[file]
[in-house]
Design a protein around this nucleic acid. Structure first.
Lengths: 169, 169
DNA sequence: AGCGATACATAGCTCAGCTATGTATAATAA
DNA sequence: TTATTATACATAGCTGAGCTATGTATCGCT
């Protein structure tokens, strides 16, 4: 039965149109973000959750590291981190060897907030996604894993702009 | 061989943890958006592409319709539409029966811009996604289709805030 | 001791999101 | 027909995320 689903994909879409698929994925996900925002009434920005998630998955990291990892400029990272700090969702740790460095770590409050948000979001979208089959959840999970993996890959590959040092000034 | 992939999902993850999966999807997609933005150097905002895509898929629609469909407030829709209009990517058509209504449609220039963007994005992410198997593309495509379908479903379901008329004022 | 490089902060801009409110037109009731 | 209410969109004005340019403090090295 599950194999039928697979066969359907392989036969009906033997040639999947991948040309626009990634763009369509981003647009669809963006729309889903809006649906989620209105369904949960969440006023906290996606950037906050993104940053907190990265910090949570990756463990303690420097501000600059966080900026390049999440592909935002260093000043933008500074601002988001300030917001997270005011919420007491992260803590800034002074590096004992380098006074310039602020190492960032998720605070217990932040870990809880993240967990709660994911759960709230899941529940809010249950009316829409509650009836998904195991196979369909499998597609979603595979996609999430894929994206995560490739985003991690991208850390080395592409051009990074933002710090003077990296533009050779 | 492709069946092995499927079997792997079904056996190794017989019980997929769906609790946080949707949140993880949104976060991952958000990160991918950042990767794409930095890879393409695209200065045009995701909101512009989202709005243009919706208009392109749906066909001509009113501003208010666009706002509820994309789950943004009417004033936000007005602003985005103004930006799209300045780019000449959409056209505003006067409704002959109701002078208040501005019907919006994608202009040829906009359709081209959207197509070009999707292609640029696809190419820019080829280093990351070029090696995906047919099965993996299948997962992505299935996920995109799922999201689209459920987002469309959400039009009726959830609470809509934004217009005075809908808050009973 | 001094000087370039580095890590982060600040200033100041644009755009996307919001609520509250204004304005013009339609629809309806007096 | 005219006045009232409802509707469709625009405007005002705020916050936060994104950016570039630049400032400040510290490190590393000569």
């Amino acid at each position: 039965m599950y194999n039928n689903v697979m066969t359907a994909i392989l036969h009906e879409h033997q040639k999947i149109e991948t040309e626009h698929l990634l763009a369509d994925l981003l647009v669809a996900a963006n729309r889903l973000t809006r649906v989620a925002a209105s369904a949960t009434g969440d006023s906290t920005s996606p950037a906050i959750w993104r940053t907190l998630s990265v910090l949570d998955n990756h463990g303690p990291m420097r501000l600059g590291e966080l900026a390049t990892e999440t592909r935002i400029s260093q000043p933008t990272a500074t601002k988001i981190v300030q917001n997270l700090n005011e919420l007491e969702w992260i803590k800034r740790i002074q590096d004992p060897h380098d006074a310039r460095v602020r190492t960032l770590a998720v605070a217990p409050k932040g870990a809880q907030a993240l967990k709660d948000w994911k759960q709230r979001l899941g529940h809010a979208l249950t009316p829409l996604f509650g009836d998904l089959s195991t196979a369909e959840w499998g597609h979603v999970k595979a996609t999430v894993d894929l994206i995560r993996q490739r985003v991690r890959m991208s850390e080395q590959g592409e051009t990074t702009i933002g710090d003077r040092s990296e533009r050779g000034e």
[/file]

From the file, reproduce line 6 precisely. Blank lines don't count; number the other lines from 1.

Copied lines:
């Protein structure tokens, strides 16, 4: 039965149109973000959750590291981190060897907030996604894993702009 | 061989943890958006592409319709539409029966811009996604289709805030 | 001791999101 | 027909995320 689903994909879409698929994925996900925002009434920005998630998955990291990892400029990272700090969702740790460095770590409050948000979001979208089959959840999970993996890959590959040092000034 | 992939999902993850999966999807997609933005150097905002895509898929629609469909407030829709209009990517058509209504449609220039963007994005992410198997593309495509379908479903379901008329004022 | 490089902060801009409110037109009731 | 209410969109004005340019403090090295 599950194999039928697979066969359907392989036969009906033997040639999947991948040309626009990634763009369509981003647009669809963006729309889903809006649906989620209105369904949960969440006023906290996606950037906050993104940053907190990265910090949570990756463990303690420097501000600059966080900026390049999440592909935002260093000043933008500074601002988001300030917001997270005011919420007491992260803590800034002074590096004992380098006074310039602020190492960032998720605070217990932040870990809880993240967990709660994911759960709230899941529940809010249950009316829409509650009836998904195991196979369909499998597609979603595979996609999430894929994206995560490739985003991690991208850390080395592409051009990074933002710090003077990296533009050779 | 492709069946092995499927079997792997079904056996190794017989019980997929769906609790946080949707949140993880949104976060991952958000990160991918950042990767794409930095890879393409695209200065045009995701909101512009989202709005243009919706208009392109749906066909001509009113501003208010666009706002509820994309789950943004009417004033936000007005602003985005103004930006799209300045780019000449959409056209505003006067409704002959109701002078208040501005019907919006994608202009040829906009359709081209959207197509070009999707292609640029696809190419820019080829280093990351070029090696995906047919099965993996299948997962992505299935996920995109799922999201689209459920987002469309959400039009009726959830609470809509934004217009005075809908808050009973 | 001094000087370039580095890590982060600040200033100041644009755009996307919001609520509250204004304005013009339609629809309806007096 | 005219006045009232409802509707469709625009405007005002705020916050936060994104950016570039630049400032400040510290490190590393000569």